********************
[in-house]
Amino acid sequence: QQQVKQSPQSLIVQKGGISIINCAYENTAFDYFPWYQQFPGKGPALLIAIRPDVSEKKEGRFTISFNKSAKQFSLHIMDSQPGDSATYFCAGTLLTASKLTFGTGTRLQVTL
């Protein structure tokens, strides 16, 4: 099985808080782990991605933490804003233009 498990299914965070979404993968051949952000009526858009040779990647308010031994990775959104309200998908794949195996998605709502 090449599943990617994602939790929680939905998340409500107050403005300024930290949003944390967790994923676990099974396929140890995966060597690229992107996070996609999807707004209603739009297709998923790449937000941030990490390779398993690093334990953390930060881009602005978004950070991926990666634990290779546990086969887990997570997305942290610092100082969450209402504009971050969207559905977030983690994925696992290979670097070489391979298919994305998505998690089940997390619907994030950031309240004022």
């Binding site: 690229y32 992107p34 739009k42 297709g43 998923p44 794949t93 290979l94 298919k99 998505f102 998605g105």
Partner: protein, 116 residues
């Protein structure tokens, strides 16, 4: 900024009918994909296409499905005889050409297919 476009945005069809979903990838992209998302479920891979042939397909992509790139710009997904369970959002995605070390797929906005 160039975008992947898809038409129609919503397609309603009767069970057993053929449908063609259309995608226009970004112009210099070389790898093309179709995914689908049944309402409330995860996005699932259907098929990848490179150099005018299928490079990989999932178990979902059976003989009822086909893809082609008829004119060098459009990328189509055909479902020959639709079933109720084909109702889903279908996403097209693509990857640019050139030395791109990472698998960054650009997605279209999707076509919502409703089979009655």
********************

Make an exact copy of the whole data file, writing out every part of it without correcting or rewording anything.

[in-house]
Amino acid sequence: QQQVKQSPQSLIVQKGGISIINCAYENTAFDYFPWYQQFPGKGPALLIAIRPDVSEKKEGRFTISFNKSAKQFSLHIMDSQPGDSATYFCAGTLLTASKLTFGTGTRLQVTL
């Protein structure tokens, strides 16, 4: 099985808080782990991605933490804003233009 498990299914965070979404993968051949952000009526858009040779990647308010031994990775959104309200998908794949195996998605709502 090449599943990617994602939790929680939905998340409500107050403005300024930290949003944390967790994923676990099974396929140890995966060597690229992107996070996609999807707004209603739009297709998923790449937000941030990490390779398993690093334990953390930060881009602005978004950070991926990666634990290779546990086969887990997570997305942290610092100082969450209402504009971050969207559905977030983690994925696992290979670097070489391979298919994305998505998690089940997390619907994030950031309240004022």
């Binding site: 690229y32 992107p34 739009k42 297709g43 998923p44 794949t93 290979l94 298919k99 998505f102 998605g105």
Partner: protein, 116 residues
């Protein structure tokens, strides 16, 4: 900024009918994909296409499905005889050409297919 476009945005069809979903990838992209998302479920891979042939397909992509790139710009997904369970959002995605070390797929906005 160039975008992947898809038409129609919503397609309603009767069970057993053929449908063609259309995608226009970004112009210099070389790898093309179709995914689908049944309402409330995860996005699932259907098929990848490179150099005018299928490079990989999932178990979902059976003989009822086909893809082609008829004119060098459009990328189509055909479902020959639709079933109720084909109702889903279908996403097209693509990857640019050139030395791109990472698998960054650009997605279209999707076509919502409703089979009655």